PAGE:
Beginner Top G down to middle C#

davhudson

Member
Messages
175
Location
Milton Keynes, United Kingdom
Not something I have had to do a lot of but a song I am learning at the moment requires it.

I cannot seem to get a smooth transition with this change and get some horrible squeaking on making the change.

Any suggestion on making this change work?
 

Pjonah

Member
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870
Location
West Row, Suffolk
Apart from the obvious practice, it will come.

Try practicing intervals across the bridge and concentrating on what your embouchure is doing when you play each note. In time this will all occur naturally, but concentrating on small intervals at first gradually increasing the number of notes spanned, trying to keep it as smooth as possible. You may have a problem with the reed position on the mouthpiece if its squeeking also check alignment/position of the Ligature. Assuming all is well with the sax/mouthpiece combo you shouldn't have any problems.
 

Pete Thomas

Chief of Stuff
Commercial Café Supporter
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McLean, Virginia
Try playing long and short notes increasing intervals:

G F# (Gb)
G F
G E
G Eb
G D
G C#

and up again

Think of other combinations, ie repeating in twos:

G F# G F#
G F G F

etc.

Then threes and so on.
 

Justin Chune

Well-Known Member
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2,983
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The Athens of The North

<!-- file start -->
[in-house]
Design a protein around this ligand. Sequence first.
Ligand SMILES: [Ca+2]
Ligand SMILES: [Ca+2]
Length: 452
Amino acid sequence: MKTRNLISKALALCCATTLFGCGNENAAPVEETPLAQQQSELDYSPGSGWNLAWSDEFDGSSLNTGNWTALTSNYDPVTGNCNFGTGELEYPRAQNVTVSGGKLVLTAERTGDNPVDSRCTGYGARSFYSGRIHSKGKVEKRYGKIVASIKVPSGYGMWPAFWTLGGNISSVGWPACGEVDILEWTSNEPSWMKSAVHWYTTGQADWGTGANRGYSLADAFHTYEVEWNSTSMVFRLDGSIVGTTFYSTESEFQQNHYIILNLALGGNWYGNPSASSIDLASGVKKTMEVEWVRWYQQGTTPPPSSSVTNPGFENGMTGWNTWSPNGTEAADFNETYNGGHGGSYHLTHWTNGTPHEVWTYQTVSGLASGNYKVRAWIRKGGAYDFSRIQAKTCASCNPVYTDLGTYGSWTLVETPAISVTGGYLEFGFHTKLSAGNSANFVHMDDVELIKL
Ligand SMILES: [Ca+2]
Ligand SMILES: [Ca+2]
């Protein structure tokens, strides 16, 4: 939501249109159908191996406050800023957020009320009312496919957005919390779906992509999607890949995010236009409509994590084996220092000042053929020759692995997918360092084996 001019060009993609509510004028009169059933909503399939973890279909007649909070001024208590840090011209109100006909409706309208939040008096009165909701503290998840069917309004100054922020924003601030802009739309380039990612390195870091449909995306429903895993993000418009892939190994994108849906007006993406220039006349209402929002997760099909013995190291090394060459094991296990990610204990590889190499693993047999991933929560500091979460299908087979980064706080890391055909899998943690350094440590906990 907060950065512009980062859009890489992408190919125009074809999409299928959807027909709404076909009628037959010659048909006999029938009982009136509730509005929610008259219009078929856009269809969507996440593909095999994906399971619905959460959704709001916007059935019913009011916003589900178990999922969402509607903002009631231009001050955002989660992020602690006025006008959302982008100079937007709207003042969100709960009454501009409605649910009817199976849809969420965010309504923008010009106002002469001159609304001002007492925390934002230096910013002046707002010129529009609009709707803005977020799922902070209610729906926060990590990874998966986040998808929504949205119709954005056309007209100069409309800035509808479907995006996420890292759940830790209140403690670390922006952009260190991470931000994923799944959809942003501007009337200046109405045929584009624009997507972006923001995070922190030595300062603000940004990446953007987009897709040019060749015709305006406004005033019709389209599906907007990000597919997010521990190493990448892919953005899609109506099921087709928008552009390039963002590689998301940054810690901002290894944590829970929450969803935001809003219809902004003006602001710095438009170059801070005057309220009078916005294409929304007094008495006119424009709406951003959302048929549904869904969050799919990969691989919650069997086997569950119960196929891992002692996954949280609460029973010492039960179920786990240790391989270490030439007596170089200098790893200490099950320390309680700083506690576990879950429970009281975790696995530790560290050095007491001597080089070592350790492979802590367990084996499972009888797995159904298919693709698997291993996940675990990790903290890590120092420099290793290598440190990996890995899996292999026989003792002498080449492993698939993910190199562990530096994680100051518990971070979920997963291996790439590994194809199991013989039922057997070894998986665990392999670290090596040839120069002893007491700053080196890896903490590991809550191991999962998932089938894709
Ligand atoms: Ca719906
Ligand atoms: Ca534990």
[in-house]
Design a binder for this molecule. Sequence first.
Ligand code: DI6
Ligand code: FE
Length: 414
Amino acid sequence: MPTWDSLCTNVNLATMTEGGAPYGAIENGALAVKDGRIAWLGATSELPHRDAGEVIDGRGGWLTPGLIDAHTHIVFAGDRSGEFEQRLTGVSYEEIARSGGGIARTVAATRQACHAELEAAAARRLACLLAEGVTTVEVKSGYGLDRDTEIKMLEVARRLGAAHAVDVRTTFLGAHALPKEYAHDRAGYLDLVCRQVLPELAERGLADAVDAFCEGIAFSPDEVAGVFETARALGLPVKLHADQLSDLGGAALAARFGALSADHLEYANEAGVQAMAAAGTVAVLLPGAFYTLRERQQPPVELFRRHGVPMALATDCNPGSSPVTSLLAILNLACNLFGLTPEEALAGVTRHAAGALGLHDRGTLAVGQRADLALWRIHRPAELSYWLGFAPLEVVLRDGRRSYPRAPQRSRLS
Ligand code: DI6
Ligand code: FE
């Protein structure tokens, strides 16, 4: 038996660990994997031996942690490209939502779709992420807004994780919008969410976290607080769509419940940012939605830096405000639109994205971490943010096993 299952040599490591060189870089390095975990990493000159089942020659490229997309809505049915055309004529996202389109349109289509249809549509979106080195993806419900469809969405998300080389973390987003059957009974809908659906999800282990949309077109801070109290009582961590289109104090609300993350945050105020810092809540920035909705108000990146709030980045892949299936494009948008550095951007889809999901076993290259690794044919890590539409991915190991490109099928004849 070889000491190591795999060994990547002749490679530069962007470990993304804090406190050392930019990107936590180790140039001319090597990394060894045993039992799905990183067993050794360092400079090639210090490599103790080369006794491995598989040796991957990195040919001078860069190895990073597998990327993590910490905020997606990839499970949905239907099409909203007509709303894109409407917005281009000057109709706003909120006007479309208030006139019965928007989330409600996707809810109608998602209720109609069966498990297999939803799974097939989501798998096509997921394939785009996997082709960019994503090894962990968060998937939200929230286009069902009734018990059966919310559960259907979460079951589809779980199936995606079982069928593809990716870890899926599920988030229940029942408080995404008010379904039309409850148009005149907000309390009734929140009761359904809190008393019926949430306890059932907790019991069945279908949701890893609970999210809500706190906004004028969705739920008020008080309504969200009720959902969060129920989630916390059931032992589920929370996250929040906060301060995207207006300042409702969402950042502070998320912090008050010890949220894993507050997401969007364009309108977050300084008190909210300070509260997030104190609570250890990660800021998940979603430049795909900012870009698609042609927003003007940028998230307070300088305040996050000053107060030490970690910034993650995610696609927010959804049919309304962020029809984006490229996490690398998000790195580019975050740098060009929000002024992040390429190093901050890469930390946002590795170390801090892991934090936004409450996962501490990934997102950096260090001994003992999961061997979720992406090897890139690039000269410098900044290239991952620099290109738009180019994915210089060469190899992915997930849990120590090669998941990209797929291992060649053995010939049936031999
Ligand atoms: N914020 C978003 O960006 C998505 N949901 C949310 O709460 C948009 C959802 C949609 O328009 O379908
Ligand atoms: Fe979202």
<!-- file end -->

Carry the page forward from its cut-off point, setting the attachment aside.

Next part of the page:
Just keep at it. It may interest you to know that playing across wide intervals is considered difficult on all wind instruments, with the exception of the clarinet. The book I learned this from stated that on the sax an interval of a fifth could be considered wide. Patience and practice and you'll get there.

Jim.
 

Bobby G

Senior Member
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4,989
Location
Wonderful Welwyn Garden City, Herts
Could also be worth checking that the octave pad(s) are springing back as quickly and strongly (is that a word....?) as they need to in order to be 100% sealed at the moment you blow the low C sharp. I speak from recent personal experience here, where the spring tension on one pad was not enough to seal it quickly enough, resulting in some odd squeaks when jumping from the upper to the lower register.
 
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